Ward talks prison reform
By Michael J. Brooks / Special to the Reporter
ALABASTER – Alabama District 14 Sen. Cam Ward said talking about prison reform, or voting for the construction of new prisons, isn’t a popular topic for politicians, nor a winning issue with most voters, but it’s something we must face.
Ward spoke to the monthly meeting of the Shelby Baptist Association’s Pastors Fellowship on June 5 at the Shelby Baptist Medical Center. His work as chair of the Senate Judiciary Committee has focused his energies on the topic of prisons, including testifying before the U.S. Congress.
“We live in America and we believe in a society based on laws and rules,” he said. “Sometimes our attitude is ‘they get what they deserve,’ and ‘out of sight, out of mind.’ But there are two reasons we can’t countenance such an attitude. One is that people aren’t animals. They have a soul and they have worth. And second, the 8th Amendment forbids ‘cruel and unusual punishment.’”
Ward said many patriotic citizens believe in the 2nd and 10th Amendments, but the 8th is part of the Bill of Rights, too.
“A federal judge used the 8th Amendment in California when the courts took over the prison system because of overcrowding,” he said. “California lost $7 billion in the process, and Alabama could very well face the same thing.”
Ward said another issue in prison reform is mental health.
“We think about half of inmates have some mental health issues,” he said. “This could be what brought them to drugs and violence. We’ve also seen veterans with PTSD who wind up in prison.”
Ward said the current opioid crisis is a tough issue.
“The drug-addicted are most often in city and county jails, but drugs impact the whole system” he said.
Ward said there are 18 prisons in Alabama, and the newest one—the Bibb County Correctional Faculty, built in 1996—might be the first to close.
“The prison was built in a swamp, and moisture has been an issue,” he said. “The building is prefabricated and we’re spending a ton of money maintaining it. This is like putting a bandage on the Titanic.”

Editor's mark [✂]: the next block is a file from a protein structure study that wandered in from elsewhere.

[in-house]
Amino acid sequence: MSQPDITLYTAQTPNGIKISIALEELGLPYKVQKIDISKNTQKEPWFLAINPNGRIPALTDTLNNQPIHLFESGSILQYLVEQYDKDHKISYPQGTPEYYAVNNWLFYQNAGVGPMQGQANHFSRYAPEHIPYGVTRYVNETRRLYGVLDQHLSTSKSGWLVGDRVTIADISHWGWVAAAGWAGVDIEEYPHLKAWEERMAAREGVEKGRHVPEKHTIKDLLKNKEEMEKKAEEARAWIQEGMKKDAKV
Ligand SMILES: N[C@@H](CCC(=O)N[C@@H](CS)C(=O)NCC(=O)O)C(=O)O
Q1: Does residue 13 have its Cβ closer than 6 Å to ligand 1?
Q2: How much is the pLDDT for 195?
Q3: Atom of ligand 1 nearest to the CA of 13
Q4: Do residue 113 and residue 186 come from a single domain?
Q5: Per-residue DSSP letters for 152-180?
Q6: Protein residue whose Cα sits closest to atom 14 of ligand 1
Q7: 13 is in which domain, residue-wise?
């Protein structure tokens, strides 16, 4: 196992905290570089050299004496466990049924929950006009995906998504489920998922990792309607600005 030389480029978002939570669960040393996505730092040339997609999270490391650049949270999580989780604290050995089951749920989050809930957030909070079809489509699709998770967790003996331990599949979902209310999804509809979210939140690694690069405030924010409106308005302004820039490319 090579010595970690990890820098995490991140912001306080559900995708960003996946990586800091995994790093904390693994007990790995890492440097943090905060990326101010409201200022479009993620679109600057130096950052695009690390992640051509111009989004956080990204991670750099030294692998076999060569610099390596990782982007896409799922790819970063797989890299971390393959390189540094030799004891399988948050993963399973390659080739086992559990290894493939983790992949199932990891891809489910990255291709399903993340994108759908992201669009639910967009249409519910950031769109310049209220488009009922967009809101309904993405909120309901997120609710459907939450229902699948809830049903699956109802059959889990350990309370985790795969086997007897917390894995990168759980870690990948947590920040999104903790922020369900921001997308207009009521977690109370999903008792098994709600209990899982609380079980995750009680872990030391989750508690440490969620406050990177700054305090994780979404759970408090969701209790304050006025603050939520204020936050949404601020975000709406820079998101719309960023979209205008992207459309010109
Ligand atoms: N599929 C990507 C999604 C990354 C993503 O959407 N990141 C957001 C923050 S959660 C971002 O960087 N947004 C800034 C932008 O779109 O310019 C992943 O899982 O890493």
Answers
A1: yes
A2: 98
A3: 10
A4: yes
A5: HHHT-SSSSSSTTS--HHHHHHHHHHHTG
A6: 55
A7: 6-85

Ward said finding additional funds for prison reform is difficult.
“The state general fund is about $1.7 billion, and $800 million goes to Medicaid and $600 million goes to prisons,” he said. “So, $1.4 billion is already committed. The education budget is a separate entity at $6 billion.”
Additionally, it’s hard to convince the public to build more prisons.
“Building a new school is fun,” he said. “Building a new prison is a hard sell. Some have advocated for one large facility in the state. Other states have tried this, and it seems to work well. Newer prisons are also more electronic. Some of our prisons aren’t even wired for security cameras. This is something we need to look at seriously.”
Ward said “collateral consequences” impact inmates reentering society as citizens. For example, female inmates often study cosmetology in prison, but the state board overseeing cosmetology mandates that licensure take twice as long for inmates.
“A busy inmate is a safer inmate,” he said. “Job training helps maintain order in the system and helps with the resettlement issue after release.”
Ward said all the news isn’t bad since crime is down in the state and the recidivism rate—the number of inmates who return to prison—is likewise down. And Alabama is doing better with her prison population. At one time the state had 29,000 inmates, or 194 percent capacity, in a system built for 14,500. Now the inmate population is around 22,000, though this number is still high at about 161 percent capacity.
“The legislature spent $80 million in additional funds for prisons last year,” he said. “Much of this was for more parole officers. This expenditure is a good thing since parole officers help keep former inmates on track and encourage them to stay out of prison.”
Ward said his affiliation with Prison Fellowship has shown the value of Bible studies in prisons, and the value of ministries by local churches.
“AngelTree is a great ministry, too,” he said. “Allowing an inmate to give a gift to his or her child at Christmas makes a bond between them. It’s a simple act of kindness.”
“I encourage church members to go to the prisons, to fellowship and encourage inmates. Everyone needs a kind word, and we must be kind to inmates when they’re released, too.”
The Shelby Baptist Association’s Pastors Fellowship meets on the first Tuesday of each month, except in July. Charlie Dale, pastor of the First Baptist Church of Indian Springs, is the current president.